Science and Technology

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This study evaluates the economic benefits of the technology use to the farm sector in the Red River of the North Basin (RRB). As part of the Hudson Bay drainage system in North America, the RRB has been subject to Spring River flooding in the past century.
An integrated Toolbox for a climate-proof management of water resources through sustainable land-use management. Released the toolbox designed and developed in the framework of the Interreg Central Europe TEACHER-CE project. The CMCC is partner of the project.
Woman flying a drone over a field of lettuce
In the Dry Corridor of Central America, persistent drought—interrupted by violent storms that do further damage to crops—is driving farmers from land they’ve cultivated for generations.
Cover and title of publication
This perspective paper discusses the main challenges and enablers of climate-resilient infrastructure and identifies how available roadmaps, tools and emerging digital technologies can be placed at the service of a safer world.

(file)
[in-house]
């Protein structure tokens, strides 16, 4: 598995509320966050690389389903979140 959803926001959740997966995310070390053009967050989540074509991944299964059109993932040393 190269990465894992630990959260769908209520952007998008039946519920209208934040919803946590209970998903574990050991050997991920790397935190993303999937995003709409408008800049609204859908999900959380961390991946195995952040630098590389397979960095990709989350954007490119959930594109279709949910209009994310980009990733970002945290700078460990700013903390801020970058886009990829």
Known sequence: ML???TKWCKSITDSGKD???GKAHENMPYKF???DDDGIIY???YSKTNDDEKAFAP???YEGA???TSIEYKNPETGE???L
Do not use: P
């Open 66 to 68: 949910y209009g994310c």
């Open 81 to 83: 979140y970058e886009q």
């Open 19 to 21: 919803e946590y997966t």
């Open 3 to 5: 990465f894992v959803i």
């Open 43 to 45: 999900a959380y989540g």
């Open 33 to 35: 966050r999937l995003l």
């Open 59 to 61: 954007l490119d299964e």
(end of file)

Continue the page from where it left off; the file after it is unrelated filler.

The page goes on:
Space view of a hurricane over the ocean
A novel approach to weather forecasting uses convolutional neural networks to generate exceptionally fast global forecasts based on past weather data.
In 2021, extreme flooding from rain affected residents across the United States, causing property damage and loss of life. Preparing for and responding to climate change is a priority for the Department of Homeland Security (DHS).
While artificial intelligence and machine learning have the potential to facilitate faster and better anticipatory humanitarian action, they can pose unforeseen challenges if left unregulated and unchecked.
The technology and tools exist to make most climate shocks predictable and to strengthen our ability to prepare for and respond to them. However, these remain underutilised by governments and the international community. The case for investing in and supporting governments’ access to the tech solutions that can transform disaster preparedness and response needs to be clearly made.
This paper focuses on the barriers governments face in accessing technologies that support effective disaster-risk management; with recommendations for incorporating the right technology into disaster-management systems.
By 2030, climate crises will push more than 130 million people into poverty, doubling the current figure of those requiring emergency aid to 200 million a year. The cost of adapting to the impacts of climate change will be $140–$300 billion per year by 2030 and $280–$500 billion per year by 2050.